This can be achieved through a number of initiatives that will enhance not only the operational and strategic capabilities of the ADF, but also enhance the expansion and competitiveness of Australia’s domestic defence industry, the nation’s ability to act both independently and as a valued ally with both the US and broader regional allies and, finally, the options available to policy makers in the face of growing regional instability.
Accordingly, it is time to open the forum for discussion to shift the discourse from one of traditional 'black and white' thinking as it relates to Australia's strategic and defence policy areas. Strategic policy thinkers, academics, Australian politicians and the public all have a role to play in the discussion to change the nation's approach to defence policy.
This discussion requires a focus on a number of critical areas, namely:
Force structure: While Jennings is more direct in stating a need to increase the size of the ADF, Dibb is slightly more discreet, nevertheless, an expansion in the manpower available is necessary for the ADF to meet the requirements it will require to act as an individual benefactor and significant regional partner.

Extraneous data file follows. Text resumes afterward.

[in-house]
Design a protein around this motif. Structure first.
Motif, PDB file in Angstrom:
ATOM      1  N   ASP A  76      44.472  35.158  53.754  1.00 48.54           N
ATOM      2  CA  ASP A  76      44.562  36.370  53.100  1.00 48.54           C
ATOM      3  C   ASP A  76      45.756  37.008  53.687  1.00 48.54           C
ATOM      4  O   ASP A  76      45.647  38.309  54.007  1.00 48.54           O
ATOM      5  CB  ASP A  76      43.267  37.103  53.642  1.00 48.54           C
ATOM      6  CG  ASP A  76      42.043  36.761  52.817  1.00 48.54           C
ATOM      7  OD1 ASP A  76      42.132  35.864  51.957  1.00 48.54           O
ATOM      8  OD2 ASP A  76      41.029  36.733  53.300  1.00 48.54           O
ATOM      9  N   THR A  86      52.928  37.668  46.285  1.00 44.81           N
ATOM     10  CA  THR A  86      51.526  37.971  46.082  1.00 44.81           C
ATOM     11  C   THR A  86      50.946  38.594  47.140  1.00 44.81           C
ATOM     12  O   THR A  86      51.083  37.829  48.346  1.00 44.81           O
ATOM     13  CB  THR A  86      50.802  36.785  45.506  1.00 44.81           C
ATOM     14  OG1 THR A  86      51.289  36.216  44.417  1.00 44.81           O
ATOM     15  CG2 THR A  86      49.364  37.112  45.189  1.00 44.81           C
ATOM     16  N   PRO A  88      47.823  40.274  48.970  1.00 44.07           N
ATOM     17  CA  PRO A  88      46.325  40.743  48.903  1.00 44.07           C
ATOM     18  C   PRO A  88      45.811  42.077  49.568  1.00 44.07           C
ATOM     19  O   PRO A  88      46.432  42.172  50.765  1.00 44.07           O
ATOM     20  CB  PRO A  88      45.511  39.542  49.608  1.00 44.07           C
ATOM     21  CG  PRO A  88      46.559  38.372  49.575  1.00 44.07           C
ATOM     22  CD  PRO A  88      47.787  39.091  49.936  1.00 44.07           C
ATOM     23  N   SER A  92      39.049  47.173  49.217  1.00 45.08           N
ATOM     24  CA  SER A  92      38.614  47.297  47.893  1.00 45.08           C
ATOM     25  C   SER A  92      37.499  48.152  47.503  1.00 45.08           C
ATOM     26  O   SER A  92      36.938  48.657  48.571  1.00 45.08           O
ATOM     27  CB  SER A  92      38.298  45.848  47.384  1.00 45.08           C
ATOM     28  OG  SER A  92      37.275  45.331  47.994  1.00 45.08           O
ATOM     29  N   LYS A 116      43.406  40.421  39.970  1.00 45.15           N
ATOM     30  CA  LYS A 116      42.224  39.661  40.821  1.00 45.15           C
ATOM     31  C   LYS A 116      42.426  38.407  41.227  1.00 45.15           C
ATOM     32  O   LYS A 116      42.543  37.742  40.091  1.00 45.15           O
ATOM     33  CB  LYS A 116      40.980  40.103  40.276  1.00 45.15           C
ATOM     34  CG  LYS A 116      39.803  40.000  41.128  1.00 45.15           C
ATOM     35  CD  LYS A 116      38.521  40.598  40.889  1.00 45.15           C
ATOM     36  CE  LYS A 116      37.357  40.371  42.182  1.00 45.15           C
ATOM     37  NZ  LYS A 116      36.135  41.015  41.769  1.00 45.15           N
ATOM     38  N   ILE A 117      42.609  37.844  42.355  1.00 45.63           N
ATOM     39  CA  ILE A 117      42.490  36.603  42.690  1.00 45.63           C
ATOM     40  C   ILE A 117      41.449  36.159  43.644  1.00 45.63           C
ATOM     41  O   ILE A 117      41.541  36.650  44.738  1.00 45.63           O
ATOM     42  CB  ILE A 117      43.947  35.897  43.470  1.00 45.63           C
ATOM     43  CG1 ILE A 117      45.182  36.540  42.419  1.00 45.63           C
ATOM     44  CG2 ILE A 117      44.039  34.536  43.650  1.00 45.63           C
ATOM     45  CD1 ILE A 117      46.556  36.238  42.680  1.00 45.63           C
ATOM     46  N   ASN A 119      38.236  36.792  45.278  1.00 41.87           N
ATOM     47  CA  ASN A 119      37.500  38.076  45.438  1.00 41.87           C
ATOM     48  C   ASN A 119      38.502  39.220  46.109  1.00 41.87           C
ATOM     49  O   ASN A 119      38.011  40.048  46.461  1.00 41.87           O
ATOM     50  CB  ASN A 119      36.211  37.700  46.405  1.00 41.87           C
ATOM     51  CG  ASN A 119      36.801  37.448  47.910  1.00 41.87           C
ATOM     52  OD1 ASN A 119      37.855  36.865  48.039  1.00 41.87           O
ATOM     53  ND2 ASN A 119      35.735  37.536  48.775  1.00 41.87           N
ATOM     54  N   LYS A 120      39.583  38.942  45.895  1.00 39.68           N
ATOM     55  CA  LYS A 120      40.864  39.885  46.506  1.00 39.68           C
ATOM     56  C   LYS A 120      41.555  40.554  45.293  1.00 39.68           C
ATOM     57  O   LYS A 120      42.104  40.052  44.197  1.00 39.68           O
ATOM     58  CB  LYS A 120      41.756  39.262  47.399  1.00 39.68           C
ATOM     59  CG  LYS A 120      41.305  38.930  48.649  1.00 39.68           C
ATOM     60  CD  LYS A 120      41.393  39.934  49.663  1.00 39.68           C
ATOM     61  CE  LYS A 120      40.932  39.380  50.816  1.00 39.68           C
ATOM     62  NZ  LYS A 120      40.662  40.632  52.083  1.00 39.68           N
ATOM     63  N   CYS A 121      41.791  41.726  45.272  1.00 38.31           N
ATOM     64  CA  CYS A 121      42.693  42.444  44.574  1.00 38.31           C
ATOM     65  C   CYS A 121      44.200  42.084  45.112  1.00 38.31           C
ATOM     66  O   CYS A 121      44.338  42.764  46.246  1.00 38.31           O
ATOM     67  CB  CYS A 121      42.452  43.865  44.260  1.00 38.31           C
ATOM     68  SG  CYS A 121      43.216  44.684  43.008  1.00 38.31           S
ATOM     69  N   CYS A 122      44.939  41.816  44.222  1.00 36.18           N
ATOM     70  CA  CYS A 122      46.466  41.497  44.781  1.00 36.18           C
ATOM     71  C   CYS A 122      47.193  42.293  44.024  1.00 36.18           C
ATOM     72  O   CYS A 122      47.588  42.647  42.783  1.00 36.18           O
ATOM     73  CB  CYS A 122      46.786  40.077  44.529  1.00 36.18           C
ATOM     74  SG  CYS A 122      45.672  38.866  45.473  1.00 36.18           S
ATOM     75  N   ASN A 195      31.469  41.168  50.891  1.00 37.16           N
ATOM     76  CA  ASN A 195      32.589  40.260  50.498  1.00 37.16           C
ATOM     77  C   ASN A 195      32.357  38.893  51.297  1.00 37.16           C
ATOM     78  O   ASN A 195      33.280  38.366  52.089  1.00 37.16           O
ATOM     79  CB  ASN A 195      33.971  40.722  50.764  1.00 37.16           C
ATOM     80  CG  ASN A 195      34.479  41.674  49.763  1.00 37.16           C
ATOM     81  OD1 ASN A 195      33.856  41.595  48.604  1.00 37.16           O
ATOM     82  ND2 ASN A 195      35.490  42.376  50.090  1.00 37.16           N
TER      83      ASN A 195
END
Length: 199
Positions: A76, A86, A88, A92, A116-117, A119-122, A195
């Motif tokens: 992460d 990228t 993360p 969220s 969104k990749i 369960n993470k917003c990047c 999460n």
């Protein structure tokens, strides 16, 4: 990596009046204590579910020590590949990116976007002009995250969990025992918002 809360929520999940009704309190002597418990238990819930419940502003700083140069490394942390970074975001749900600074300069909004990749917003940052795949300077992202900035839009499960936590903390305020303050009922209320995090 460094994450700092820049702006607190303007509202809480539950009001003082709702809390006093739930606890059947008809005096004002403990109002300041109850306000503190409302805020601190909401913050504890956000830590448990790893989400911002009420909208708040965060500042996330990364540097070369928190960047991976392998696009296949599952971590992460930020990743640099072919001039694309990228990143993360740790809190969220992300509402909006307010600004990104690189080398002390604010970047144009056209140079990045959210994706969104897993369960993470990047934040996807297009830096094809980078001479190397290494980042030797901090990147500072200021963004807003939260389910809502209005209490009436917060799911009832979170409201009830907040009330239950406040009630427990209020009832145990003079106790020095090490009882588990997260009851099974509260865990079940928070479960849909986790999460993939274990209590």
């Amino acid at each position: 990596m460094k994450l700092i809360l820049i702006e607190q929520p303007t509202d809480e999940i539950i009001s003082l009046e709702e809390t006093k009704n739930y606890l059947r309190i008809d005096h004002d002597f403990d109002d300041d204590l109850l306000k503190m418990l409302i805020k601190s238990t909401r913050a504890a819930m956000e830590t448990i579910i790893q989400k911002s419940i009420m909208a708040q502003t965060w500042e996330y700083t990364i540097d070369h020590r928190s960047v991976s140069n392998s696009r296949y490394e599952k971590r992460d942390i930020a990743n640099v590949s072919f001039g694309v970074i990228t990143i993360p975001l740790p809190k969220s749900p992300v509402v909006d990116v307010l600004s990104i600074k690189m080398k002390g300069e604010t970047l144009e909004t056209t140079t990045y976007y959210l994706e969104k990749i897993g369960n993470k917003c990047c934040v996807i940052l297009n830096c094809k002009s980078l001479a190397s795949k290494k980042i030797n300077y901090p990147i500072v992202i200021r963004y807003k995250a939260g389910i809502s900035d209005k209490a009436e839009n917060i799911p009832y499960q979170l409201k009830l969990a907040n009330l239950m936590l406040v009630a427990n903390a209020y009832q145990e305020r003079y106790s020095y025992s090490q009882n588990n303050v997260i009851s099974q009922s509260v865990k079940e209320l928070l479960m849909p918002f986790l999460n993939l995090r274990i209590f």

In the force structure domain, the major deciding point is to become a nuclear power or to remain a conventional power – with great power, multi-domain and integrated force projection capabilities, including rapidly deployable expeditionary focused ground forces, naval power projection forces including aircraft carrier strike groups, amphibious assault groups, at sea deterrence submarine forces and integrated, expeditionary capable air forces combining tactical fighter aircraft, tactical and strategic strike, air lift and tanker, and intelligence, surveillance and reconnaissance capabilities.
This increased capability also provides an improved conventional deterrence capacity and enables Australia to credibly slow and through strategic depth, 'rip the arm' off any potential adversary, while heavy support arrives from allies.
Industry: Capability expansion would see an expansion of industry development, particularly given increased procurement of locally built surface ships, vehicles and support services. Additionally, the renewed focus on the operational side of the ADF promotes focus on specialist training and maintenance services to be provided by certified private enterprise, supporting increased outcomes and reduced costs for capability development and acquisition.